Seeing From A Different Perspective

While watching the games of the USCC yesterday at TWIC sans ‘engine’ analysis the following position captured my attention enough to cause me to break out the Chess set so as to be able to see the board from the perspective of the player of the black pieces, since it is black to move:


Black to move

Looking at the board from behind the white pieces makes it more difficult for me to “see” from the black player’s perspective, which is what one must do when attempting to visualize what possible move one’s opponent may produce. While looking at the board on the ‘puter at TWIC I was having trouble determining what move to make. The rule of “improving the position of your worst placed piece” was not helping in my deliberations…

Almost immediately after setting the position on the board a move came to me…As I sat there lost in thought an idea came to me. It did so because I have played the Leningrad Dutch. “What if the pawn were on f5?” I questioned. With black to move WITH the pawn already on f5 black could play the strong Qe4! Since it would be white to move if the pawn were moved to f5 the move 21 d6 looks good for white. But what if black still played 21..Qe4? After 22 Qxe4 fxe4 what does white play? I turned the board around so as to see the position from the perspective of the white player. I wondered if white could play 23 Be3? If black took the pawn with 23…Rxd6, white could play 24 Bxc5, threatening the rook, which must move. Since the a-pawn is under attack, black could possibly play Rd7 to protect the pawn. What then?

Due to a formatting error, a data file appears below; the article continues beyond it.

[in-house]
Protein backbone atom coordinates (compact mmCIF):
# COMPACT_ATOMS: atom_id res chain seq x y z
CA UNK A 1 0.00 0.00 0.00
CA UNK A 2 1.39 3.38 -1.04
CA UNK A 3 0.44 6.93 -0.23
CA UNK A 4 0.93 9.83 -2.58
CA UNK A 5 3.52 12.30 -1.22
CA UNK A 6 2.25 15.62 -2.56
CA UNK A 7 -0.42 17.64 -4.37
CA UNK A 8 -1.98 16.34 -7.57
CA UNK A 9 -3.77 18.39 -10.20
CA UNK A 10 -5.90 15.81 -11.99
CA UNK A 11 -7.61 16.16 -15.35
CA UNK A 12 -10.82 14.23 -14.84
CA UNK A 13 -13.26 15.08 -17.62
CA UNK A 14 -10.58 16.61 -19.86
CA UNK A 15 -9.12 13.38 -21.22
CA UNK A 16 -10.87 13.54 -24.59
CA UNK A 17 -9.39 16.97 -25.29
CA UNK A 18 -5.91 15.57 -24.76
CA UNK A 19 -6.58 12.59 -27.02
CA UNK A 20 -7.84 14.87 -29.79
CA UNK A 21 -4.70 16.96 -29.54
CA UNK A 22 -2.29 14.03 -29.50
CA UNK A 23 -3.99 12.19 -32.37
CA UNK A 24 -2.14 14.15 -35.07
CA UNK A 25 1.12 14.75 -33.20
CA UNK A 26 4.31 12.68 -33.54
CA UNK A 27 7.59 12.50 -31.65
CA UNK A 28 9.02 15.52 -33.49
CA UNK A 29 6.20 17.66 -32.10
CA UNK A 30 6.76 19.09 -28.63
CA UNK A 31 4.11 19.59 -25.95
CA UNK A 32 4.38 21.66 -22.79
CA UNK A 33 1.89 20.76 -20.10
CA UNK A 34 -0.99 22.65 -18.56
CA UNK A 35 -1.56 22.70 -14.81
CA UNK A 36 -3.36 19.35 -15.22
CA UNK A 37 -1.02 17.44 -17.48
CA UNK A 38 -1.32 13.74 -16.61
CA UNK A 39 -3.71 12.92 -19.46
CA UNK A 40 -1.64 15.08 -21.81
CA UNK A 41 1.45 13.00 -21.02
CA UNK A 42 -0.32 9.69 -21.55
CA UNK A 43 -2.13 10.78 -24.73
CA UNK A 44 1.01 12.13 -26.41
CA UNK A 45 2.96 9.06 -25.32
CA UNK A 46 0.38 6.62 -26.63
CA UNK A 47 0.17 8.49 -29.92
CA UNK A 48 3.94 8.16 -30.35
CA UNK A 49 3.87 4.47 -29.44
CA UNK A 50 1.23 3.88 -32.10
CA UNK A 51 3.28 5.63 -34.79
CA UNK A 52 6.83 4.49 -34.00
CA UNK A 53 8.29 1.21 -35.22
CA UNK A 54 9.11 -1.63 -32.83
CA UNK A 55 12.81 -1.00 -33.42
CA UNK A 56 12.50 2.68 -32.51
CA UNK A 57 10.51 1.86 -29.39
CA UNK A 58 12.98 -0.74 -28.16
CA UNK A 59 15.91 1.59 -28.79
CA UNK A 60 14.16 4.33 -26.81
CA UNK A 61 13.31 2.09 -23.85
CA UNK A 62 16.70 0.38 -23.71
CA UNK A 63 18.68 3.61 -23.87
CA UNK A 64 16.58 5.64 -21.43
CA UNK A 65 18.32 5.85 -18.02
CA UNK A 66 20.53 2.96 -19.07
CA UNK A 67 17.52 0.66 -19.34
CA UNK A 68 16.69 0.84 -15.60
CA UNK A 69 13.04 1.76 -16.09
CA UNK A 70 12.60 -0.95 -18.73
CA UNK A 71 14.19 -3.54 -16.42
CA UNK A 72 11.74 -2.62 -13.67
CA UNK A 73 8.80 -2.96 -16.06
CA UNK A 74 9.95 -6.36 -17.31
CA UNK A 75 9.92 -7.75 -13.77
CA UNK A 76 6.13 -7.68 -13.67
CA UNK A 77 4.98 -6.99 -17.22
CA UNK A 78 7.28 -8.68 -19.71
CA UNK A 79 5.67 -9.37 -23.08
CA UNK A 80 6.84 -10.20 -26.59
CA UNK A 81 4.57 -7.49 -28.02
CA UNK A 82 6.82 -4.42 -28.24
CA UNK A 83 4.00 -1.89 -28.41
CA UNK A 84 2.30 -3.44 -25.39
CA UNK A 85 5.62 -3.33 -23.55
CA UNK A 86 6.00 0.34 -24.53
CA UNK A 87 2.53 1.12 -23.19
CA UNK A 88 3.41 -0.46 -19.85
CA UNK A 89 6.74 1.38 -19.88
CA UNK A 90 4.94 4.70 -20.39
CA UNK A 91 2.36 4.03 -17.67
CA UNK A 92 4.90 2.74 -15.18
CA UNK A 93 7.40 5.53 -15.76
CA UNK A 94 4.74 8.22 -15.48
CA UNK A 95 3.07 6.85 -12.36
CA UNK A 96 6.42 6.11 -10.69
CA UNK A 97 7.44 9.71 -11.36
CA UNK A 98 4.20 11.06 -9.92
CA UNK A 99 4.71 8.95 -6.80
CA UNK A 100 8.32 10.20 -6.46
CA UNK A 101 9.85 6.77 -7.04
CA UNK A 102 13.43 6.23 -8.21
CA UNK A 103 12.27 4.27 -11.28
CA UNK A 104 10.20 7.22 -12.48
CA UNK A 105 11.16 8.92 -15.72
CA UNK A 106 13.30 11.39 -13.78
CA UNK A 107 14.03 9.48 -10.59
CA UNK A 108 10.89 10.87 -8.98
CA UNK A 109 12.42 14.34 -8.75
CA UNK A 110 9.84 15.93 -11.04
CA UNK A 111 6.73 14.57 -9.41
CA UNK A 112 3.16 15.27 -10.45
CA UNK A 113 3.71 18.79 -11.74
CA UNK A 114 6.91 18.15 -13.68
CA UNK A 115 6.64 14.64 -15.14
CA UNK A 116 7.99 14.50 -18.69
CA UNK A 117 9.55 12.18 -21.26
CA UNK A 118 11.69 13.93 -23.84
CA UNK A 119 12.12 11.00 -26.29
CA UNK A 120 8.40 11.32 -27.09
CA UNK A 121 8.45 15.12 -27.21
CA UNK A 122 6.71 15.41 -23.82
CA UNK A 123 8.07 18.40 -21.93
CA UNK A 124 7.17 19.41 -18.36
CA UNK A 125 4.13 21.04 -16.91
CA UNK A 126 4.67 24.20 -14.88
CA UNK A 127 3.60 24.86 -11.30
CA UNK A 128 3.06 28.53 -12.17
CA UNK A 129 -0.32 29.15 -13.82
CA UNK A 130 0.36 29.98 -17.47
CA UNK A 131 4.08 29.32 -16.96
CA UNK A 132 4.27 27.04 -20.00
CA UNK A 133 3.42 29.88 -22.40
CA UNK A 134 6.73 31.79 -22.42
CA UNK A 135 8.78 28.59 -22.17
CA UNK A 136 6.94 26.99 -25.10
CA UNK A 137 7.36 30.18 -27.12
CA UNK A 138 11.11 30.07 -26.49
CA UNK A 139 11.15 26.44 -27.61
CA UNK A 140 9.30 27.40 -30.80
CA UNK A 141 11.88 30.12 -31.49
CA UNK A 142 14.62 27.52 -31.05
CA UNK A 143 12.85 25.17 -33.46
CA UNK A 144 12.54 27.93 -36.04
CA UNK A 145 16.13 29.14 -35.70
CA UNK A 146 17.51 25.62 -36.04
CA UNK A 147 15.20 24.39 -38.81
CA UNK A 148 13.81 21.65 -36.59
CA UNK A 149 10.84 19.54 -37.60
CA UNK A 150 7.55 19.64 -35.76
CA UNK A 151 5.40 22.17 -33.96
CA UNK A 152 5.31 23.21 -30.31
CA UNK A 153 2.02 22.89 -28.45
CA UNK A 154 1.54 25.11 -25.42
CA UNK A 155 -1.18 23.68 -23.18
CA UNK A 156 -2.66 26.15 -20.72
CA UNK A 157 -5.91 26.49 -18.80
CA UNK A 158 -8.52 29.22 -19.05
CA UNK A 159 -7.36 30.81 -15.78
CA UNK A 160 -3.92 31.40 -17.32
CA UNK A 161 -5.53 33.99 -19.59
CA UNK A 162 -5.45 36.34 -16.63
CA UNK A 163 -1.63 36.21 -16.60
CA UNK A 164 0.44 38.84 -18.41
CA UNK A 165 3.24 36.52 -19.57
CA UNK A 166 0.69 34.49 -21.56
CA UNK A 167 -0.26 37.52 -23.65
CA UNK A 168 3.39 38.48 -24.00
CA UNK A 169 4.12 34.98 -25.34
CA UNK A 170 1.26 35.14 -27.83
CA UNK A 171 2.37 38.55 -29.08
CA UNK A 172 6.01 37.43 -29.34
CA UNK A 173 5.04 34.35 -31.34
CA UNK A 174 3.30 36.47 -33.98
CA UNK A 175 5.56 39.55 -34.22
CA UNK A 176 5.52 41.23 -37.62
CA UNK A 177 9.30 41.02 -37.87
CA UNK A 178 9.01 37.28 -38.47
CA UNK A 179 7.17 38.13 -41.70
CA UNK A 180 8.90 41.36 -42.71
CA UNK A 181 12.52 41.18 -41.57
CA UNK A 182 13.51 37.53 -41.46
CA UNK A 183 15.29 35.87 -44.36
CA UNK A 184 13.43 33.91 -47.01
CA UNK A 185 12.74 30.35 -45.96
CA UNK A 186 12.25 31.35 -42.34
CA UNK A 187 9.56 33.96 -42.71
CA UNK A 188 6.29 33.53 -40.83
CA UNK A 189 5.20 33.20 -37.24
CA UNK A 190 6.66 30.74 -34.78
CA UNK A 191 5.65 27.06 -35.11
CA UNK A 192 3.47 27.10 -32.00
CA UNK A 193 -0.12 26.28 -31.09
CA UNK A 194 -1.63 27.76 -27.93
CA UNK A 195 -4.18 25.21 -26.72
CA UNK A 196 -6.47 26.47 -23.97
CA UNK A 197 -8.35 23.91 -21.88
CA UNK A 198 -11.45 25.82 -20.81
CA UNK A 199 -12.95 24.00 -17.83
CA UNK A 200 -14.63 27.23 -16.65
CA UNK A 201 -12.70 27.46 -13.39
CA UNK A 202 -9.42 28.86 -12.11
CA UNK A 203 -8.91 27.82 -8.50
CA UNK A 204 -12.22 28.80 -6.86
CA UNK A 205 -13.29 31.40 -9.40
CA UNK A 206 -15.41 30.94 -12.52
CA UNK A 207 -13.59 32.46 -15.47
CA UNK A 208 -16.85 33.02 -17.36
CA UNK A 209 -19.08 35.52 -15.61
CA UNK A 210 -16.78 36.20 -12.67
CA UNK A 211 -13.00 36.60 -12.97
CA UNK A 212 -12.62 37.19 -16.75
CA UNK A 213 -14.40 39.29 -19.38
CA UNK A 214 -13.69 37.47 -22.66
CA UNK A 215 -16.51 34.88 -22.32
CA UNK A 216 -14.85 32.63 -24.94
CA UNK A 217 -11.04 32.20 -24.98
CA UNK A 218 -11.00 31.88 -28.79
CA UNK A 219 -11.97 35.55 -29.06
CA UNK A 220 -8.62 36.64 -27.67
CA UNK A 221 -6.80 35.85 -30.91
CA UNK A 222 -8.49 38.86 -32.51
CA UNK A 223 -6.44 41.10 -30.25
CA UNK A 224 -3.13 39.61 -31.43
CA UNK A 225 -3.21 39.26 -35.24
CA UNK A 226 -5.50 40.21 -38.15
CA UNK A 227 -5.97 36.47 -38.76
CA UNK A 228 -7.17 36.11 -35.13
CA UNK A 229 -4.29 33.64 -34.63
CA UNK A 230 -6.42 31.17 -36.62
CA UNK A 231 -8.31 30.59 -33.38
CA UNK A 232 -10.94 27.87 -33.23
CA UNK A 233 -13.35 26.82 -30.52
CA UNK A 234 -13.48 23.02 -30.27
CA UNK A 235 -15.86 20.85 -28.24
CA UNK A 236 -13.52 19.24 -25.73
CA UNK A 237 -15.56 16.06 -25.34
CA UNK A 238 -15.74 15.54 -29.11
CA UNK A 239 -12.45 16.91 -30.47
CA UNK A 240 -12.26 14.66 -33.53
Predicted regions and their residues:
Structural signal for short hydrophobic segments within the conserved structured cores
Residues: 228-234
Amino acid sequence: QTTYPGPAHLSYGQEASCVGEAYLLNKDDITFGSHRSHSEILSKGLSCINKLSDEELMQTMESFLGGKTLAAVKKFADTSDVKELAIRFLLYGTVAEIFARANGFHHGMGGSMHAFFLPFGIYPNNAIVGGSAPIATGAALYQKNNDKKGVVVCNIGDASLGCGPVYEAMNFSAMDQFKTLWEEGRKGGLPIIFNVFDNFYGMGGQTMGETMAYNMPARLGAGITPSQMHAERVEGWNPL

Curiosity got the better of me and I surfed on over to the ChessBomb for analysis. Eureka! Stockfish showed I was on the right path, as it has 20…f5 the best move. Little things like this make me happy…The Fish gives this line:

(20… f5 21. d6 Qe4 22. Qxe4 fxe4 23. h4 Kf7 24. Re1 Bxc3 25. Rxe4 Rd7 26. Rxc4 Bd4 27. Kf1 Ke6 28. Ke2 Kd5 29. Rc1 c4 30. Rd1 Kc5 31. g3 Rd8 32. f3 h5 33. g4 c3)

Akobian, Varuzhan – Xiong, Jeffery

U.S. Championship 2018 round 04

1. d4 Nf6 2. c4 g6 3. Nc3 d5 4. Bf4 Bg7 5. e3 O-O 6. Rc1 c5 7. dxc5 Be6 8. Nf3 Nc6 9. Be2 Ne4 10. Nd4 Nxd4 11. exd4 Nxc3 12. bxc3 dxc4 13. Bf3 Bd5 14. O-O Qd7 15. Re1 b6 16. Rxe7 Qxe7 17. Bxd5 bxc5 18. Bxa8 Rxa8 19. d5 Rd8 20. Qf3 (In this position Xiong played 20…h6, and after 21 h3 Jeffery then played 21 f5. The game continued: 22. d6 Qe6 23. h4 g5 24. hxg5 hxg5 25. Bxg5 Rxd6 26. Qa8+ Kh7 27. Qxa7 Rd3 28. Qxc5 Rxc3 29. Rxc3 Bxc3 30. Be3 Qe4 31. a4 Be5 32. g3 Kg6 33. Qb6+ Kf7 34. Qa7+ Ke6 35. Qb6+ Kf7 36. a5 f4 37. gxf4 Bxf4 38. a6 Bxe3 39. fxe3 c3 40. Qc7+ Ke6 41. Qc8+ Ke7 42. Qxc3 Qg6+ 43. Kf2 Qxa6 44. Qe5+ Kf7 45. Kg3 Qg6+ 46. Kf3 Qc6+ 47. e4 Qf6+ 48. Qxf6+ Kxf6 ½-½

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